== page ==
Jo Allan, managing director of Newsworks, reflects on what we‘ve learned from newsbrands during a less than a conventional year. She pulls out pointers media buyers should consider.
Throughout the pandemic the need for trusted information has never been higher. The growth in reader numbers show it. Our research validates it. And even The Queen recognises it.
Last month The Queen hailed the importance of the established news media. In a letter to the News Media Association she wrote: “As our world has changed dramatically, having trusted, reliable sources of information, particularly at a time when there are so many sources competing for our attention, is vital.
“The efforts of the news media to support communities throughout the United Kingdom during the pandemic have been invaluable – whether through fundraising, encouraging volunteering, or providing a lifeline for the elderly and vulnerable to the outside world.“
In a world saturated in fake news and misinformation, news brands are playing an increasingly important role in all our lives. Journalists, the length, and breadth of the country, have been plying their professional craft throughout the pandemic to serve their communities and the nation at large. And they will continue to do so throughout this current crisis and long after.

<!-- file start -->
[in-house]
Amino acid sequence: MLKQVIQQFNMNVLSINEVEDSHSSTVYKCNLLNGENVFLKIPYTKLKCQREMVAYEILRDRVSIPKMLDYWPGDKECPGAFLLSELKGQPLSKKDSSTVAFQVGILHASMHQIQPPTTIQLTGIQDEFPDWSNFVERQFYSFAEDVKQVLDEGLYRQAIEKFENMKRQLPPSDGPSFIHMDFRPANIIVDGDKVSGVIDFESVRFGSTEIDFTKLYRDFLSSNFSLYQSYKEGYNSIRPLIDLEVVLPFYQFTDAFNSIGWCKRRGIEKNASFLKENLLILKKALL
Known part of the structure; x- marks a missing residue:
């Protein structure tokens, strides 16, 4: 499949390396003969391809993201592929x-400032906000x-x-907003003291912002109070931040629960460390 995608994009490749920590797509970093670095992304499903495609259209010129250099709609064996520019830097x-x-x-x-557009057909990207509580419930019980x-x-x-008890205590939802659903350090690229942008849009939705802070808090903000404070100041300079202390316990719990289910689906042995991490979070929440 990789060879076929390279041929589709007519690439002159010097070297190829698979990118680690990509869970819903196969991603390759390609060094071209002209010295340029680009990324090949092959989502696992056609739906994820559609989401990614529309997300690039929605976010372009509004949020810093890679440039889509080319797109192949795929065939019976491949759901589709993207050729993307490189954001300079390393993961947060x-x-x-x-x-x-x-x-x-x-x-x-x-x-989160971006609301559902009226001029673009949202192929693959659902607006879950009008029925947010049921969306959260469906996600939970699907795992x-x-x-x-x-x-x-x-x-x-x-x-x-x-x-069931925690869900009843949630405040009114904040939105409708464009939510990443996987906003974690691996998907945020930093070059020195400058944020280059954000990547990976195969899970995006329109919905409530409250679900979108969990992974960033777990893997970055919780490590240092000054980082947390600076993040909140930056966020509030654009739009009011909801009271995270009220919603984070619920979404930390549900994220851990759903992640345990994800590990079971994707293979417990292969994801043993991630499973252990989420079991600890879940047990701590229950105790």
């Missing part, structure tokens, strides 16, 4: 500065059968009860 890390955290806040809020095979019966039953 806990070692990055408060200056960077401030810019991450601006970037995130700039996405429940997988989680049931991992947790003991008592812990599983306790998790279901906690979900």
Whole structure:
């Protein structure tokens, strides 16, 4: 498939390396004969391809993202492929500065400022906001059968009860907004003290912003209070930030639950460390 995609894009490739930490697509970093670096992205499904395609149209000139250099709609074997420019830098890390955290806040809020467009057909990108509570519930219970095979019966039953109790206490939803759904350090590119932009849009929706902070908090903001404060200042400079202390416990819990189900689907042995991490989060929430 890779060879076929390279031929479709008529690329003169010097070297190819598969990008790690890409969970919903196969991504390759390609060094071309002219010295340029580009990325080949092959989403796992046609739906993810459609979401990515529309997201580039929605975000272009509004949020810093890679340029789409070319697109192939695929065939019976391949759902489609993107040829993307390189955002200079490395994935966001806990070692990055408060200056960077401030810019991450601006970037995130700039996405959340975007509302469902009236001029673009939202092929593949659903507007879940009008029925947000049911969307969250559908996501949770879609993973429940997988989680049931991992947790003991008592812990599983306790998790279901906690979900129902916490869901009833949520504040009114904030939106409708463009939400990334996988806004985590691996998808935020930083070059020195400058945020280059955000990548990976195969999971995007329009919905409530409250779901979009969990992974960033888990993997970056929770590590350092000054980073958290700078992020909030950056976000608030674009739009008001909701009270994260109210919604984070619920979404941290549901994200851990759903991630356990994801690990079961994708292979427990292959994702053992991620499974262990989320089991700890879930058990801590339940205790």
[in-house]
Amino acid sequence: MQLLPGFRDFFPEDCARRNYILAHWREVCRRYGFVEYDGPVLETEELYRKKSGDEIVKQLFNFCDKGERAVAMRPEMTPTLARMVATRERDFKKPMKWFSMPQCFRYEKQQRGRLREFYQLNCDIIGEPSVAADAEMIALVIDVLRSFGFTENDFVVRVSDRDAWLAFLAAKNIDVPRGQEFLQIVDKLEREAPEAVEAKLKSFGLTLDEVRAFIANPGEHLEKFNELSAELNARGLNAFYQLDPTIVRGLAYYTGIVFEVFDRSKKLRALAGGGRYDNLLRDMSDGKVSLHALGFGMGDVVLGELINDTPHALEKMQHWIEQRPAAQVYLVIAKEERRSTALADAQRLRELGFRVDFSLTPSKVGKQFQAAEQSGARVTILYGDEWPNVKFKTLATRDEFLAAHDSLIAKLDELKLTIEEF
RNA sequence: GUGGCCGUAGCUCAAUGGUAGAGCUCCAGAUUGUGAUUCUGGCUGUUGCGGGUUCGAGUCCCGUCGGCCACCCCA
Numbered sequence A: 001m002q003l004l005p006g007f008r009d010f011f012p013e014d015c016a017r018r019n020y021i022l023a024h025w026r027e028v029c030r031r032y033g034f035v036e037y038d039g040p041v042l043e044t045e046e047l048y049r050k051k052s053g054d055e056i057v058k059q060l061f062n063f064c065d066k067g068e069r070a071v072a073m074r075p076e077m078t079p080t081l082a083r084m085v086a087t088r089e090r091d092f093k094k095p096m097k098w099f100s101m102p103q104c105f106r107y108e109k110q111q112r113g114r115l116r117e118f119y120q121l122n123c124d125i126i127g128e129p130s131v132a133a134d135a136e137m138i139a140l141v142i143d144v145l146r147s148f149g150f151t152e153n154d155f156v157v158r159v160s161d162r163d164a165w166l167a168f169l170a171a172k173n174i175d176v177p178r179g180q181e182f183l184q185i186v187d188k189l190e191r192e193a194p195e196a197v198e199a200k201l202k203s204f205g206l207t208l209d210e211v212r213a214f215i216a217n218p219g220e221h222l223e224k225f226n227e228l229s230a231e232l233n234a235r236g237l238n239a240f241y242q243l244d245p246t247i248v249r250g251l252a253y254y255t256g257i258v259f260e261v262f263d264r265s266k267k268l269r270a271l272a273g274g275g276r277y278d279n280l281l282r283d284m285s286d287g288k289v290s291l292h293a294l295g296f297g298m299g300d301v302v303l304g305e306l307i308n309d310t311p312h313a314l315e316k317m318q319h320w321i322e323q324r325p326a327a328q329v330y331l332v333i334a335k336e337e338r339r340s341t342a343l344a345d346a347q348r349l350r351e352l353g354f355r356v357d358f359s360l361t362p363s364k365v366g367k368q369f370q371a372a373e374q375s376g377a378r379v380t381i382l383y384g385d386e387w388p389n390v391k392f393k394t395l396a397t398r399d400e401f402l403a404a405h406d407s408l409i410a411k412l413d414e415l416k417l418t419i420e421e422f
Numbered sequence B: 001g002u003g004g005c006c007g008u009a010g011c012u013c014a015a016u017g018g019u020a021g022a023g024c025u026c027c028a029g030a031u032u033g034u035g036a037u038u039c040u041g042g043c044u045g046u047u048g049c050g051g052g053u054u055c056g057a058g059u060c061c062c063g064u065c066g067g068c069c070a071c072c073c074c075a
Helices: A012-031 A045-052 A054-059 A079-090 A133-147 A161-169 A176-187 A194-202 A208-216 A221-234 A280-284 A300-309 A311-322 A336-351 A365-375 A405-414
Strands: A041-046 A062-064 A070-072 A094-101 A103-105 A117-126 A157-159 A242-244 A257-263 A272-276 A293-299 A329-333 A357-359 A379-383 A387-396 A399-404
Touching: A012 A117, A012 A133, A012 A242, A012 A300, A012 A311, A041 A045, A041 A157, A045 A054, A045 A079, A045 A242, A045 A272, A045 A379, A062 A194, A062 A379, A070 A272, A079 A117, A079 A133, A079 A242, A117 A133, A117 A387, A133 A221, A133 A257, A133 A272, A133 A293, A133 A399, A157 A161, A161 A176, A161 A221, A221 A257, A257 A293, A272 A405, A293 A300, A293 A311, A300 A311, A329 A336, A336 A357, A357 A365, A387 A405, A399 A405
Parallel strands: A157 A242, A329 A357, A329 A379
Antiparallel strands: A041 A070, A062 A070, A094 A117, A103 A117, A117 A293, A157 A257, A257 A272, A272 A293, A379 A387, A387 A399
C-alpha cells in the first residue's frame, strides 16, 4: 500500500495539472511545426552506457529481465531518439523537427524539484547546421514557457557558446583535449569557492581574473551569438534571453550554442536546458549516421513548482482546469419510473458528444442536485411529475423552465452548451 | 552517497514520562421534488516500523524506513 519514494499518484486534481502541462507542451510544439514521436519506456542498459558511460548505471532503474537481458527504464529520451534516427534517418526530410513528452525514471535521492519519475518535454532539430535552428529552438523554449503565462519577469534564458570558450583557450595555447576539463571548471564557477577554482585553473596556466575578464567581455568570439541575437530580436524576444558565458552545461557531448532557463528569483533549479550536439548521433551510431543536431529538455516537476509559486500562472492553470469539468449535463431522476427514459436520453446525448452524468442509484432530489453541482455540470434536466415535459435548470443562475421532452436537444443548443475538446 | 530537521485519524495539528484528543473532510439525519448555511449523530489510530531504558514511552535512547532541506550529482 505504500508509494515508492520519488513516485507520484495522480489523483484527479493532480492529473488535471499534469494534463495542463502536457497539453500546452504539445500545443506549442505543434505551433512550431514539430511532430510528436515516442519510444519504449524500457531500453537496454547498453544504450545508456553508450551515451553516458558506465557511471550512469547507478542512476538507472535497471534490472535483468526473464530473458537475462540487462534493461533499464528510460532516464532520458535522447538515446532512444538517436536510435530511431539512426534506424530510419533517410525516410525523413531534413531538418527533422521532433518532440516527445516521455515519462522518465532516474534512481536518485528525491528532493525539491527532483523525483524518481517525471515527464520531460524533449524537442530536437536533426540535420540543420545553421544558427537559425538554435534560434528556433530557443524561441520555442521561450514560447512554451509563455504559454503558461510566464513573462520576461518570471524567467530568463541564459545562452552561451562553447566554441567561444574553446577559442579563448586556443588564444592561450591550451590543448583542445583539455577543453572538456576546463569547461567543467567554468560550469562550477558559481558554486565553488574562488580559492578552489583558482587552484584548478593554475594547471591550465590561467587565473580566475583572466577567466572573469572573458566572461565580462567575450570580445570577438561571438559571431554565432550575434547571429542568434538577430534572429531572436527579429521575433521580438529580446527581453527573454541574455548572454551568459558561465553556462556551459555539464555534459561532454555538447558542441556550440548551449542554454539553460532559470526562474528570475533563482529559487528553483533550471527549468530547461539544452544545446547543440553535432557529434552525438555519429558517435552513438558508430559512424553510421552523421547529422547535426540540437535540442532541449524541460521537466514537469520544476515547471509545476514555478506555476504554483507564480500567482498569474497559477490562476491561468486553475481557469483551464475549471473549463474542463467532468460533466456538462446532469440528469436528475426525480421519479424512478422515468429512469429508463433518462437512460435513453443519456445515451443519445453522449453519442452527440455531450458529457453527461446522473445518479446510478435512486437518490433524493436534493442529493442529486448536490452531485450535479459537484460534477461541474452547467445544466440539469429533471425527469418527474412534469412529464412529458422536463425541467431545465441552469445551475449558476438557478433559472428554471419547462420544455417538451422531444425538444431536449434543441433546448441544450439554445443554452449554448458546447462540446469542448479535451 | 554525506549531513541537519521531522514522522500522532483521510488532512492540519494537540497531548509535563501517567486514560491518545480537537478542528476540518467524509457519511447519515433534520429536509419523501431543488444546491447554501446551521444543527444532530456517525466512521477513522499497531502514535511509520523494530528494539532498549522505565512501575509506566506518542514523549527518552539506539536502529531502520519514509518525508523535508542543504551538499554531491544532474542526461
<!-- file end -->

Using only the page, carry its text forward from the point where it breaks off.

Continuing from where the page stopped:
Earlier this year, culture secretary Oliver Dowden described news brands as the “fourth emergency service” for their ability to deliver reliable sources of information.
For advertisers, I believe there is an even closer and more active role they can play too alongside our news brands. A role that will not only benefit society but also, on a more pragmatic business level, the effectiveness of their advertising.
Here’s six reasons why.
Strength in numbers
In March, as we went into the unchartered waters of that first nationwide lockdown, news brand readership soared. Fast forward to September, and our national news brand readership was up again by nearly four million daily digital readers compared to the same period in 2019 (PAMCo 3). And we are spending longer in these environments too. TouchPoints 2020 data released in September revealed an increase of 15% in time spent reading news brands across print or digital. While this national crisis has certainly precipitated an acceleration in readership, this is on top of the strong growth we have experienced over the last decade. With 38 million daily readers across the total news brand sector we certainly pack a mighty punch in terms of audience size and engagement.
A world with news matters
Levels of trust in media and advertising have declined sharply over the last decade. However, trust in traditional news has increased – IPA TouchPoints data shows a 9% increase in trust of national news brands between January and April 2020, but perhaps surprisingly among 15-24-year-olds this increase was 15%. This tallies with our latest research, which revealed that 66% of people appreciate and value journalism more since the pandemic began, rising to 77% for the under 35s.
Beyond those headlines, our in-depth study also identified several goals that consuming news helps individuals to achieve including connecting with others, calibrating the world around us and helping us, as individuals, to thrive. In a nutshell, news brands offer advertisers a valuable opportunity to be present at the sweet spot where opinions are being formed and where information is trusted.